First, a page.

Big World By Tim Winton Analysis

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By making detailed reference to at least two texts studied for this module, compare and contrast how context, language and structural choices encourage responders to think about representations of Australia. Tim Winton was born in Karrinyup, Western Australia on the 4th of August 1960. He later moved to the small country town of Albany in 1972. He is the prolific author of the collection of short stories called The Turning. The collection of 17 short stories originally published in 2004 explores friendship and dignity which are both significant representations of Australia. Two stories contained in his book which specifically explore these two ideas are Big World and On Her Knees. Winton does this through his use of descriptive language and …show more content…

The story follows the journey of two best mates, Biggie and the unnamed main protagonist. The two boys have a strong relationship as they have helped each other in many situations, making sacrifices for each other. This can be seen multiple times in the story; such as when the protagonist helps Biggie with his homework “His sole academic success was his essay on the demise of Led Zeppelin, but then I wrote that for him.” and when the protagonist sacrifices his night with Briony Nevis for Biggie “I don’t go on with Briony Nevis the way I badly want to because Biggie will be left behind for good.” Winton’s strategic use of the first-person perspective makes the reader feel as though they are reading a personal experience. This method tries to make the reader feel like they are one with the protagonist, causing the story to feel as though it’s more involving. Winton also uses descriptive language in the text to give great detail on situations and events that occur. The descriptive language is particularly effective at putting images of ….. into the reader’s …show more content…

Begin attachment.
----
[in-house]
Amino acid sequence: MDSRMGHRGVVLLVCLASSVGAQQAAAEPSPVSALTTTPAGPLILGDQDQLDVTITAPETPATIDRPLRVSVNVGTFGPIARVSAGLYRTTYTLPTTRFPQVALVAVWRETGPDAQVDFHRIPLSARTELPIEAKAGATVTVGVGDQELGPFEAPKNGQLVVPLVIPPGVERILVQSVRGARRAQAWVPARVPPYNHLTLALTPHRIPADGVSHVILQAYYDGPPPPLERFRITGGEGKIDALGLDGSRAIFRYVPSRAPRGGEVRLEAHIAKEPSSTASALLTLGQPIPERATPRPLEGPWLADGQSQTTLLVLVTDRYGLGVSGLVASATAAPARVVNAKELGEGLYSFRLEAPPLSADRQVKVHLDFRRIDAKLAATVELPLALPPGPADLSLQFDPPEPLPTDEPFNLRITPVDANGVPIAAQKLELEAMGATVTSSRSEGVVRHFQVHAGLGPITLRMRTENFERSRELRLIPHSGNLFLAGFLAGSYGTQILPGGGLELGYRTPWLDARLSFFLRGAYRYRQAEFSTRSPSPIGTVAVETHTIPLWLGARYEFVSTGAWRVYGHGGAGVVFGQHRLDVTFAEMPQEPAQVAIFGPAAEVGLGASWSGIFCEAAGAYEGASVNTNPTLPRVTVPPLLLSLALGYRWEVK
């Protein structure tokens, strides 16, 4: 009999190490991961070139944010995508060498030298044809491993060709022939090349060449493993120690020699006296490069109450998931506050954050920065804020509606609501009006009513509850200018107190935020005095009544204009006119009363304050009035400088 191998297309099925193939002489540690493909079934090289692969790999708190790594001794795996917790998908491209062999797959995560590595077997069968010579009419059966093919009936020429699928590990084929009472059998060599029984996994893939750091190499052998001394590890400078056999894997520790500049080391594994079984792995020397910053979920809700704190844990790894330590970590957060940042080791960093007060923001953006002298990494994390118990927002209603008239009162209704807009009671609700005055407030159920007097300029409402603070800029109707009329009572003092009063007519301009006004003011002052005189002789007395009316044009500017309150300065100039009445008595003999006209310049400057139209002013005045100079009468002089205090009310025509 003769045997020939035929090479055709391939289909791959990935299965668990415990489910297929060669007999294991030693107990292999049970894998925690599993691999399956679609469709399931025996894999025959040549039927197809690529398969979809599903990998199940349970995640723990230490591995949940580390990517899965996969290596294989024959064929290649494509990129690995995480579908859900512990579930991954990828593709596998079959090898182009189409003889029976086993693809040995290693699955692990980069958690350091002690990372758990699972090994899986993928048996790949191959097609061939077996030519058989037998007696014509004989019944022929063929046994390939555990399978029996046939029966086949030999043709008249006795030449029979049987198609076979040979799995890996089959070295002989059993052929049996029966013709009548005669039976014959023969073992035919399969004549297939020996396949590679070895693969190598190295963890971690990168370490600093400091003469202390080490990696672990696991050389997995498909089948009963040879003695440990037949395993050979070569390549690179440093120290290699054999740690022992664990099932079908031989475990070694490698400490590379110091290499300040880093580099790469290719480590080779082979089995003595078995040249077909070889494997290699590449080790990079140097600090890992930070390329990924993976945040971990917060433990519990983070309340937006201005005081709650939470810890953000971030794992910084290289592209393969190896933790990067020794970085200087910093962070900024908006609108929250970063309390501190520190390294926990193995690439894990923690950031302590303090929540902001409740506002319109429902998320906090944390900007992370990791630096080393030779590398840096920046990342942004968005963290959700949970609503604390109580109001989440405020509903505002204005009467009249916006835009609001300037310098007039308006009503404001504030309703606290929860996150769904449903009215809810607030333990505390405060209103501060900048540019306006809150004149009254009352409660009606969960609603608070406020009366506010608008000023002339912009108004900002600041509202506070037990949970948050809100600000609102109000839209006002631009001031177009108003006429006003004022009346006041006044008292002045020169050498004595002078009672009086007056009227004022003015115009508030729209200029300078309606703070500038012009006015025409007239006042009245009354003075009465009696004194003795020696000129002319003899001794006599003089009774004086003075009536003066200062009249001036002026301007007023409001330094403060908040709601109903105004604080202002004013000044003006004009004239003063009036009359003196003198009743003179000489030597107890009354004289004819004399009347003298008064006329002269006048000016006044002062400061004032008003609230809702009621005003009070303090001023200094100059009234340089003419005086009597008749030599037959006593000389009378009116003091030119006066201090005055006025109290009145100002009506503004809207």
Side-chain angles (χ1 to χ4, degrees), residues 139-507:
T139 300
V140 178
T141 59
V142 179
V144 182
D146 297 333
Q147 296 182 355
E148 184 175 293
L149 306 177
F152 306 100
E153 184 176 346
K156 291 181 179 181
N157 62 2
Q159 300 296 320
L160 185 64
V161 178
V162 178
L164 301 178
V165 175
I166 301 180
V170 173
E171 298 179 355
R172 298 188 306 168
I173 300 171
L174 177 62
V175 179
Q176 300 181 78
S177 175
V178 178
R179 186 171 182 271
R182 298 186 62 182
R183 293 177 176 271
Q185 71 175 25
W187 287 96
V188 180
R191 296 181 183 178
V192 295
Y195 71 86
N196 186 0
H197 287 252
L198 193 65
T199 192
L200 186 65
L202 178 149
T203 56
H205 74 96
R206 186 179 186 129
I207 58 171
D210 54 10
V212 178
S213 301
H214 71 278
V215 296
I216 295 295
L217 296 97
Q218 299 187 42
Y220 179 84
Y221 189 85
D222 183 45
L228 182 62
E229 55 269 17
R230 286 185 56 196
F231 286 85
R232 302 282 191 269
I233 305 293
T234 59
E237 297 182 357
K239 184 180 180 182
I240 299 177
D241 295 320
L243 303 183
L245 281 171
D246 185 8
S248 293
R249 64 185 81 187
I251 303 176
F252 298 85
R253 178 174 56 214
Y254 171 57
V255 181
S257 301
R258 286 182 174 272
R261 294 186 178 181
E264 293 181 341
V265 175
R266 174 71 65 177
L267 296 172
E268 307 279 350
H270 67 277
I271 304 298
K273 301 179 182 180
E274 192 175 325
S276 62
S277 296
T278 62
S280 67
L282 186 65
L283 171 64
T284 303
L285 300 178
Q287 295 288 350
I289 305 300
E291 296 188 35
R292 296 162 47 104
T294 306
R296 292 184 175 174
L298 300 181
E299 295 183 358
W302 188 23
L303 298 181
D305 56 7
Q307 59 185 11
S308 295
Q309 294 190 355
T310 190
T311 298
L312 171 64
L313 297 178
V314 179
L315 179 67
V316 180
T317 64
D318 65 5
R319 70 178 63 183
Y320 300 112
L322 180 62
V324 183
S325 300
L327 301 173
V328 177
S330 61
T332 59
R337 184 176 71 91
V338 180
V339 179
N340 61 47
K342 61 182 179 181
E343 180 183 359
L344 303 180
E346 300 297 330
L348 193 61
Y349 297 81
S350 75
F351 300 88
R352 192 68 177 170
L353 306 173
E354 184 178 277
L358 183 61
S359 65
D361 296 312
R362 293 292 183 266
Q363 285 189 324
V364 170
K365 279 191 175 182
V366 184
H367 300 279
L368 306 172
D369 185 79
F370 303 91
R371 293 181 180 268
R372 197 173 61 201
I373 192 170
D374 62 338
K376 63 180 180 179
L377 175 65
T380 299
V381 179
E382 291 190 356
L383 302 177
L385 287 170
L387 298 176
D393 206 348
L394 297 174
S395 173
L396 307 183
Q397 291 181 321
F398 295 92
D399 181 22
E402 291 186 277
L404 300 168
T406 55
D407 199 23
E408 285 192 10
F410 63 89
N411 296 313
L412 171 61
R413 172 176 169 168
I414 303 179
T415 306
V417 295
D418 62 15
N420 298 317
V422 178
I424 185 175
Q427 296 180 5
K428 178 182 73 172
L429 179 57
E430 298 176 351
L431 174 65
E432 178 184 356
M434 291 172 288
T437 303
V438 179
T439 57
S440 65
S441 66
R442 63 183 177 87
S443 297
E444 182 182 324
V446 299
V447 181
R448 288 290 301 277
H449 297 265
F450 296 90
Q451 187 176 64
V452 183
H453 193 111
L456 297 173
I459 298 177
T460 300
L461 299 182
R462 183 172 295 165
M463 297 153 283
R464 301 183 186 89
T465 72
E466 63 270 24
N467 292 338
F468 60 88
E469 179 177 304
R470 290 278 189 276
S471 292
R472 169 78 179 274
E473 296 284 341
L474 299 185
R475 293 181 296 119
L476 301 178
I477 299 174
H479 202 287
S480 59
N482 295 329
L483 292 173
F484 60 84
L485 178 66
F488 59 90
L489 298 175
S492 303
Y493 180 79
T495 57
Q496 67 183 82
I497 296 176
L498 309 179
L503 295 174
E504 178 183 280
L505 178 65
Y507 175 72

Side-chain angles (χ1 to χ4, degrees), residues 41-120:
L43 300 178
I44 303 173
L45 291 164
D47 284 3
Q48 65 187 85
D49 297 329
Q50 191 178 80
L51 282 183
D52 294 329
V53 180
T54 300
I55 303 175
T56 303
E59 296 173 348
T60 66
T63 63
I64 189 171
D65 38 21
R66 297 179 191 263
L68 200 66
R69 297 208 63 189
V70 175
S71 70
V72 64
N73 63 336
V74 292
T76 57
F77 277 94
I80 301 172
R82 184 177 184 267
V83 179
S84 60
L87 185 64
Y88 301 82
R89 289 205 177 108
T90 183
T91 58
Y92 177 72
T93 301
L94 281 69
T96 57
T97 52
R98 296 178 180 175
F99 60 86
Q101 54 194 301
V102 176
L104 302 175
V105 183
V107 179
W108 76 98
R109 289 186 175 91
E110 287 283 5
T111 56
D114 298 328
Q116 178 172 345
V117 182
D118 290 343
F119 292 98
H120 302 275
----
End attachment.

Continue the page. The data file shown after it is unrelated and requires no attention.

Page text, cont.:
Biggie and the protagonist have a job in a meatworks and the protagonist is disappointed that he is working at a meatworks instead of going to university “...missing out on uni really stings.” Colour and lighting are major keys in the film they are used to symbolise the feelings that the characters are experiencing. Dark colours such as blue and black are used as well as dark lighting in the meatworks scenes to represent the sad and depressed state the protagonist is in. Nearly the entire film is played in a slow motion speed, this is used to make it seem as though time is moving slowly and to create moments of tension. In particular, the meatworks scenes are played in slow motion to indicate that time feels like it moving slowly. A specific moment of tension in the movie is when the protagonist and Biggie stop at a petrol station to fill up their Kombi. Biggie meets a girl called Meg and she joins the pair in their journey. The protagonist looks in the rear-view mirror and sees Biggie and Meg talking in the back seat. The protagonist feels as though he has been left out and in a way replaced. Biggie seems to enjoy being smarter than her, similar to the friendship between the two boys. “It’s me all over. It’s how I am with him and it’s not

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